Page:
When I first visited Berlin, in 1981, it was a place of darkness. The streets were black, it was always night time and it was always raining, razor wire and walls cut the city in half. Junk was everywhere and everyone was on it. Punk rockers and anarchists seized neglected apartment buildings and fortified them with cop-killing devices like sharpened rams and nets full of broken concrete. The west was finally collapsing and Berlin was the orchestra providing the soundtrack.
As a kid from rural Oregon I was absolutely petrified at the time. But afterward, I had Berlin to think about. I had my own private derangement of the senses, an at-hand phantasmagoria of perversions and apocalyptic terrors that captured my heart, as it would any red-blooded American boy. Berlin was a little puppy you could cuddle up close to that would eat your guts.
When I returned to Berlin this summer I was stunned. Where had all the darkness gone? The wall was down and Berlin, I am sad to say, had become Frankfurt, a place for making money. A new building went up every day. Well-adjusted Germans looked frankly at their past and practiced nodding thoughtfully. Humboldt University had begun to regain some of its former glory.
One night S. and I decided to cross over into the former east Berlin and see an early Brecht play, “The Petite Bourgeois Wedding” at the Theater am Schiffbauerdamm, where the ensemble had been in residence since Brecht returned to Berlin after the war. Although the façade of the building looked rather sterile and the foyer looked like a rock venue, the theatre itself was an exquisite rococo masterpiece: gilded finials, carved shields, bejeweled pilasters and red velvet.
The play, though early Brecht, was Brecht nonetheless, a farce about a wedding in which everything, from civility to romance to the stage itself winds up in pieces by the end. But that was not what struck us. What struck us was the smell.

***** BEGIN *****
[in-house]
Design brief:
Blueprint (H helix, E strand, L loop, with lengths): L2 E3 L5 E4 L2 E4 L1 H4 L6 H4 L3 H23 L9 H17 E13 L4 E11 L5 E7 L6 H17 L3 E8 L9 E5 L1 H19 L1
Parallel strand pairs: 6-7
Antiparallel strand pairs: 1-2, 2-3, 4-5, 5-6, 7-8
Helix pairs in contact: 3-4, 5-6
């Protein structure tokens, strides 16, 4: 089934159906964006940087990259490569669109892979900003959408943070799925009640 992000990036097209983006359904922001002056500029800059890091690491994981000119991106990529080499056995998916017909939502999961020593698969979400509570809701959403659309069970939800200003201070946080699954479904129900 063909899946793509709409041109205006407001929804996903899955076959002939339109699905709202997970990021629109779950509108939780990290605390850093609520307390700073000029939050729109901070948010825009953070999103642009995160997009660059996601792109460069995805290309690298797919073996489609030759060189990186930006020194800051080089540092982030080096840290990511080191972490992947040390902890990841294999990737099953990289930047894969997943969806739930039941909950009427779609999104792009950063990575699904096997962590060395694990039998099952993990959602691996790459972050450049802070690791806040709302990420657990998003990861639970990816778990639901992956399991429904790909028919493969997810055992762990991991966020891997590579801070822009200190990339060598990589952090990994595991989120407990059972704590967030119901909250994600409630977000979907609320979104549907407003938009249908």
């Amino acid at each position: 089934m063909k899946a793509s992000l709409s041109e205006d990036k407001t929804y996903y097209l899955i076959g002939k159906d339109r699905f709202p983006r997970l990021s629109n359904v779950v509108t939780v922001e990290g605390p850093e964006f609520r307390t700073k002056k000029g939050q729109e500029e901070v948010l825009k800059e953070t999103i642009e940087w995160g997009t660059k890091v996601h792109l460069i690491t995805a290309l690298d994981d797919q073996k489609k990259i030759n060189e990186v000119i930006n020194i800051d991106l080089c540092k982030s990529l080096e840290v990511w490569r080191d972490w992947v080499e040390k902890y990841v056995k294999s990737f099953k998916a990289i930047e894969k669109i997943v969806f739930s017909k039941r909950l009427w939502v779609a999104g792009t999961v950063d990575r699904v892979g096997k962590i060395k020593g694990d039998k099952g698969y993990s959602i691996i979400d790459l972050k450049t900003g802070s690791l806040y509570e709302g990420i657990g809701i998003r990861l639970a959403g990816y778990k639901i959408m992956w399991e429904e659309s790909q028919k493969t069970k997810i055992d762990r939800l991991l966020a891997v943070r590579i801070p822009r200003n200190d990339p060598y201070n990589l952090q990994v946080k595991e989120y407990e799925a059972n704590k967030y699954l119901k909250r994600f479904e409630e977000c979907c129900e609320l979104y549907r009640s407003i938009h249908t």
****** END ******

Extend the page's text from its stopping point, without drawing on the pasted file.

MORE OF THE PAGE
It was an exhalation so heinous we almost left. And it was relentless. And, like the play on the stage, despite its obviousness, everyone pretended that everything was fine.
Perhaps it was a stage instruction. “Every five minutes, stick a piece of rotten meat behind a fan and blow the putrescence into the audience to underscore the rottenness of their bourgeois values.” Then we thought it was one man in particular, ahead and to the right, a gone-to-seed academic with bad hygiene. Gas? A mouth full of rotten teeth? A bag of spoiled melons? S. took to holding a perfumed handkerchief over her nose like a courtier at Versailles.
It was only later we figured out what it was. The nightmare in the theatre, which was repeated later on the street, in a barber shop, in the foyer of our hotel, in department stores and museums, was not the result of one man, nor of theatrical convention, not even of the propensity of Germans to eat nothing but pork sausage. It was the West, rotting from the inside out.
After we left Berlin we rented a car in Frankfurt and drove to Buchenwald concentration camp, where S.’s father was liberated on February 16, 1945. S. and I toured the 400 acre site in the cold rain. We were the only ones there. Hours later, wet to the skin, we stood at last outside the wire fence of the camp, in front of the last historical marker. It was placed on the road that led from the make-shift train station to the prisoner processing center. The marker said that 1500 meters, through the thick brush and not visible from where we stood, was the palace of the widowed duchess Anna Amalia of Weimar and her son, the future duke Karl August. There, Goethe had debuted many of his plays and poems and Weimar had become a byword through Europe for civilization and enlightenment. “In two hundred years,” I whispered, exhausted, to S., “from there,” and I pointed toward the palace and Goethe, “to there” and I pointed at the wet gray clay of Buchenwald.